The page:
In contrast, IgA autoantibodies directed against BP 180 (BP230) are more frequently detectable. Similarly, antibodies against the 168 kD antigen, which is only present in the buccal mucosa, are also found. In patients with exclusive eye infestation, antibodies against the 45 kDa antigen are also found.

Differential diagnosis
This section has been translated automatically.

In case of eye infestation: Secondary scarring changes after membranous conjunctivitis, after trauma or epidermolysis bullosa or IgA linear dermatosis. S.a.u. blistering dermatoses.

General therapy
This section has been translated automatically.

Therapy is difficult because the disease is extremely chronic. The treatment requires eminent patience on the part of the patient as well as the physician.

External therapy
This section has been translated automatically.

  • Topical therapy with glucocorticoids is the first choice therapy for the localized type of scarring pemphigoid.
  • In mild cases, local glucocorticoid applications such as dexamethasone or hydrocortisone-containing eye ointments (e.g. Jenapharm dexamethasone eye ointment, Ficortril eye ointment) may be sufficient. alternating with corticoid-free indifferent eye drops (e.g. zinc sulphate eye drops R297 R022 ) or vasoconstrictive ophthalmics such as 0.05% naphazolin eye drops (e.g. proculin) in combination with eye rinses.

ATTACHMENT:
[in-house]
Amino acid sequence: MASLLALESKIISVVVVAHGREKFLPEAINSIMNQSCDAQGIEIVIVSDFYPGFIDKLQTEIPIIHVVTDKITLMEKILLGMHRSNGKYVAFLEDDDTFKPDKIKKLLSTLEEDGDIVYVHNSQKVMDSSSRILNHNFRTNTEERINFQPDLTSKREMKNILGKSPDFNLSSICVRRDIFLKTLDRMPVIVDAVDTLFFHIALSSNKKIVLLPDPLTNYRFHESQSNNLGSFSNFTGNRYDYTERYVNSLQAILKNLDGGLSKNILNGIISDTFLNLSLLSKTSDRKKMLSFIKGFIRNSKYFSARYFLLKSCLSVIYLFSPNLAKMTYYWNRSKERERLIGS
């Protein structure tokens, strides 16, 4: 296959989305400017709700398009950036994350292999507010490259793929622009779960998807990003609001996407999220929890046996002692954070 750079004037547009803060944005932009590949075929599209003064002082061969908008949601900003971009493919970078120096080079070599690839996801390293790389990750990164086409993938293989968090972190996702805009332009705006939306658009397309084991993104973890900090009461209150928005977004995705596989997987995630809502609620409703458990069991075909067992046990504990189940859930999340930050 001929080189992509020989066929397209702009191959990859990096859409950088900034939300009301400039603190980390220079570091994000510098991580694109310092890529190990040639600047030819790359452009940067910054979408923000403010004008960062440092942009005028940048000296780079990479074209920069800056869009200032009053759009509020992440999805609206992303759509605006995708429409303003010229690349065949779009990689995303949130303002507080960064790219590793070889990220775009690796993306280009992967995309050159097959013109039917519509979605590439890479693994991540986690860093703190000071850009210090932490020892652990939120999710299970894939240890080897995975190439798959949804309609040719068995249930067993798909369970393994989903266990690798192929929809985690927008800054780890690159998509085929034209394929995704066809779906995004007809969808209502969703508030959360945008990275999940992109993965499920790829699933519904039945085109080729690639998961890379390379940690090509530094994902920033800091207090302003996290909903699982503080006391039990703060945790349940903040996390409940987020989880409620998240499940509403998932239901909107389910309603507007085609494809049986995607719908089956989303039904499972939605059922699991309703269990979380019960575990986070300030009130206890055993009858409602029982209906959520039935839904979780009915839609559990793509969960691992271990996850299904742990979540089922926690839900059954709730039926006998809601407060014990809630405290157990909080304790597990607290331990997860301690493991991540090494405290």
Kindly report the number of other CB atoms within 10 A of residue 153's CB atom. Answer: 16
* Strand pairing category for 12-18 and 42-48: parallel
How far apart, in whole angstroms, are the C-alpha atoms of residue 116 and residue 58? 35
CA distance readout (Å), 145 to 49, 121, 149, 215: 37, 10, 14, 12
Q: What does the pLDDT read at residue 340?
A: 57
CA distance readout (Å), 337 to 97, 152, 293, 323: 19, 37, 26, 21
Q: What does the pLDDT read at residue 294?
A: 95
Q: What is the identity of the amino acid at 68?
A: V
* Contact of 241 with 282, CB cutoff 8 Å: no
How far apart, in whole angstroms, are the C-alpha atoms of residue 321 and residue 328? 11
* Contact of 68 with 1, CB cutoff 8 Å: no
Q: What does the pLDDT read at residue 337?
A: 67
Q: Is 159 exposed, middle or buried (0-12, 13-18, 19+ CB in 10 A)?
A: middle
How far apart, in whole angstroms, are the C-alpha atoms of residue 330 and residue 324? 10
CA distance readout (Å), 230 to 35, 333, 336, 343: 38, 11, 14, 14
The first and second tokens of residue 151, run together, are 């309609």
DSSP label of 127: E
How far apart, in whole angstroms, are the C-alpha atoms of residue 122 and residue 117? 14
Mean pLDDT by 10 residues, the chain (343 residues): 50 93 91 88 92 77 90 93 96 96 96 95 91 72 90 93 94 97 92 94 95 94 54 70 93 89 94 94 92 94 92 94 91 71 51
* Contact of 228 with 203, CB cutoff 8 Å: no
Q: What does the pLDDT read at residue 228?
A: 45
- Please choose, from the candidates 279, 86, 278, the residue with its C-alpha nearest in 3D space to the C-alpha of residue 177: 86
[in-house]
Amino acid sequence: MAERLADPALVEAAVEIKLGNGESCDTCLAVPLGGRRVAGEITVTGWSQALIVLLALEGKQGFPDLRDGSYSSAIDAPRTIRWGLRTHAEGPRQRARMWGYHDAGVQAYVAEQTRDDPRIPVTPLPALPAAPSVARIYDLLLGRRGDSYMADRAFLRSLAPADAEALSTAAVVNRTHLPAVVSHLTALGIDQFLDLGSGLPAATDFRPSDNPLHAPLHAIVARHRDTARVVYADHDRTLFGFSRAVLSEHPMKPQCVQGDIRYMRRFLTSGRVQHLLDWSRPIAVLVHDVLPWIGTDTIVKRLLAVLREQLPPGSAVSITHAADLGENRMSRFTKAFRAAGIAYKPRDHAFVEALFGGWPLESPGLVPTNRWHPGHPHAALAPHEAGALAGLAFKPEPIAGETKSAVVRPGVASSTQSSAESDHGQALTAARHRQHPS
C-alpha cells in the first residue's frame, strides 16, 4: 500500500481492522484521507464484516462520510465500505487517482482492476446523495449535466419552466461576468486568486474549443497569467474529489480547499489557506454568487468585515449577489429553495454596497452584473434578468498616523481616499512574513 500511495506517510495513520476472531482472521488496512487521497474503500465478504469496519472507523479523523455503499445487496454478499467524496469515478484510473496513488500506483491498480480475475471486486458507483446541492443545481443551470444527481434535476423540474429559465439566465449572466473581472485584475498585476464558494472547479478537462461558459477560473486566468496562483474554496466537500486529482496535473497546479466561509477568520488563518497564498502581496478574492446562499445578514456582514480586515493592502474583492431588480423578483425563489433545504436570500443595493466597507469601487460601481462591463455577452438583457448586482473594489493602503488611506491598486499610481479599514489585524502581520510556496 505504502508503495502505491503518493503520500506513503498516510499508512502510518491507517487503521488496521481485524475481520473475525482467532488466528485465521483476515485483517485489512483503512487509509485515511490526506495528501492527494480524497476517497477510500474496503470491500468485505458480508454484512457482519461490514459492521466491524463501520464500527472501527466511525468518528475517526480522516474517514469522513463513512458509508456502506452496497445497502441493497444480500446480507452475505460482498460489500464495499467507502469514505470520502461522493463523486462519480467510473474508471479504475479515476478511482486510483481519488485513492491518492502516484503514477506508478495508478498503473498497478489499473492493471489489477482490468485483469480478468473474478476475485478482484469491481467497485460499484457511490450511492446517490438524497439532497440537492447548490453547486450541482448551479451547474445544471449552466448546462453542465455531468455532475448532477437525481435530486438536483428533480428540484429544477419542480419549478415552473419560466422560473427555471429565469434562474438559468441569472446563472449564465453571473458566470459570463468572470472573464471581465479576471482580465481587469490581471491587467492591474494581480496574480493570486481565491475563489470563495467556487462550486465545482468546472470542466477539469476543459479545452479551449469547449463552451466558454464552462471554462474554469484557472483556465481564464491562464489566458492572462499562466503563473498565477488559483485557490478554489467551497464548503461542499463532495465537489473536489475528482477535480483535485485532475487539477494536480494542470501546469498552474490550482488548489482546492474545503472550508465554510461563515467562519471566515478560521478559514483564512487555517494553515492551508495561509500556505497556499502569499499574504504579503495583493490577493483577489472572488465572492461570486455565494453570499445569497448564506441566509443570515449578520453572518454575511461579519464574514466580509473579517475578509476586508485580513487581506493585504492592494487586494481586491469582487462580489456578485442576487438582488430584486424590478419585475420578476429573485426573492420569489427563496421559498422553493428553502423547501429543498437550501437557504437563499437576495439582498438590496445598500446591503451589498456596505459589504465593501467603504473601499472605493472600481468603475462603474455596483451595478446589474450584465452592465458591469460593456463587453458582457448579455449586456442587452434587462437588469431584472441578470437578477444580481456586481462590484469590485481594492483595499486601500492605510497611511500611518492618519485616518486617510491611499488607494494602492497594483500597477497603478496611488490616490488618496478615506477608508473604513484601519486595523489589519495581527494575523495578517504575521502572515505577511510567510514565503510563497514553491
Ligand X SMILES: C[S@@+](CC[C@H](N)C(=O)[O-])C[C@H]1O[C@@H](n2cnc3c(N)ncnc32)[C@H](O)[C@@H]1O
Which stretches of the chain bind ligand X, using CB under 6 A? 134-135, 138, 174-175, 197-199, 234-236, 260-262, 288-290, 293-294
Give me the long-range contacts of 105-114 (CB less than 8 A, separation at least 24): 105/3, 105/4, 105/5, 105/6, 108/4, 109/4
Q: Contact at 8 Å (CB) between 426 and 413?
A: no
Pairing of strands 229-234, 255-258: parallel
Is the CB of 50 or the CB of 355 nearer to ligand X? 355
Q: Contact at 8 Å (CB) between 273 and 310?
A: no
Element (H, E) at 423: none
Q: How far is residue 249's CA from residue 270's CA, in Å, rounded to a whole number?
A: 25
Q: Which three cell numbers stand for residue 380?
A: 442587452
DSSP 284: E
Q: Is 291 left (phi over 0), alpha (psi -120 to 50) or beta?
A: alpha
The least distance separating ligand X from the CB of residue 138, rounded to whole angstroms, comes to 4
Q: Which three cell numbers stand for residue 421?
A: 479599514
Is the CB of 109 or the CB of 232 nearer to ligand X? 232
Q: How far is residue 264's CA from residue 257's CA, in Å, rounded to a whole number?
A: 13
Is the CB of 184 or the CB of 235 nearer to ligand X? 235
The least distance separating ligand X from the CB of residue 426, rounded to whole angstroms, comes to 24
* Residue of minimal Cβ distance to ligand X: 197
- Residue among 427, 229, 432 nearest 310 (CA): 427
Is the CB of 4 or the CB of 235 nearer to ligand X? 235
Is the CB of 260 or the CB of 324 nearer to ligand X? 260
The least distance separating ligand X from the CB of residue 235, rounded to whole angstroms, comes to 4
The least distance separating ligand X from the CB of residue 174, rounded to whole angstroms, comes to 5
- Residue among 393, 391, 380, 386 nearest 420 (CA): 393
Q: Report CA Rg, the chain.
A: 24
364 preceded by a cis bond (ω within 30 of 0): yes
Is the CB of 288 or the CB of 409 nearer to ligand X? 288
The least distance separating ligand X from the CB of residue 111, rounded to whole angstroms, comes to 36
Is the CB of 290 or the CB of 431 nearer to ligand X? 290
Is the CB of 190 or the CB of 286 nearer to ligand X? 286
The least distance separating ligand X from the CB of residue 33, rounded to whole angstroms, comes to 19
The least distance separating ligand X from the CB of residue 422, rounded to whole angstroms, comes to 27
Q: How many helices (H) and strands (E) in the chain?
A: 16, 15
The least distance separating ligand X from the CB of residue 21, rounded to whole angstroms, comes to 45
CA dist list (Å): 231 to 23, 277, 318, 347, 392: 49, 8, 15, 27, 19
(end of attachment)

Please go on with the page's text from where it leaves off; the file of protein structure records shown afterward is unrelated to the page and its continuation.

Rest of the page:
• In the case of moderate to severe conjunctival infestation, the local application of 1-2% Ciclosporin A eye drops is recommended. If there is evidence of bacterial superinfection, antibiotic-containing eye drops should be used.
  • Analogous procedure for stomatological symptoms with predominantly buccal erosions or ulcerations localised in the area of the tooth closure line, which are often painful and extensive.
    • Therapy of the 1st choice is a local therapy with glucocorticoids, which are applied as adhesive mouth gels, e.g. betamethasone valerate mouth adhesive paste R032. Alternatively, non-alcoholic O/W emulsion (e.g. Topisolon Lotio) or Betamethasone solution(e.g. Celestamine N 0.5 liquidum) can be used.
    • In therapy-resistant cases, Ciclosporin A-containing adhesive paste ( Ciclosporin A adhesive paste 2.5%) is also suitable.
    • Alternatively: 0,1% Tacrolimus ointment (e.g. Protopic); application 2 times/day, leave for 15 minutes, then rinse.
    • Furthermore, the application of mild mucosal therapeutics such as Dexpanthenol solution R066 or of astringents such as Tormentillae solution R255 is recommended.

Internal therapy
This section has been translated automatically.

Combined immunosuppression with glucocorticoids and azathioprine (in case of ocular involvement), see also pemphigoid, bullous. Initial daily doses should be 2.0 mg/kg bw p.o. for prednisone (e.g. Decortin) and 2.0 mg/kg bw p.o. for azathioprine (e.g. Imurek). Observe contraindications! Laboratory controls!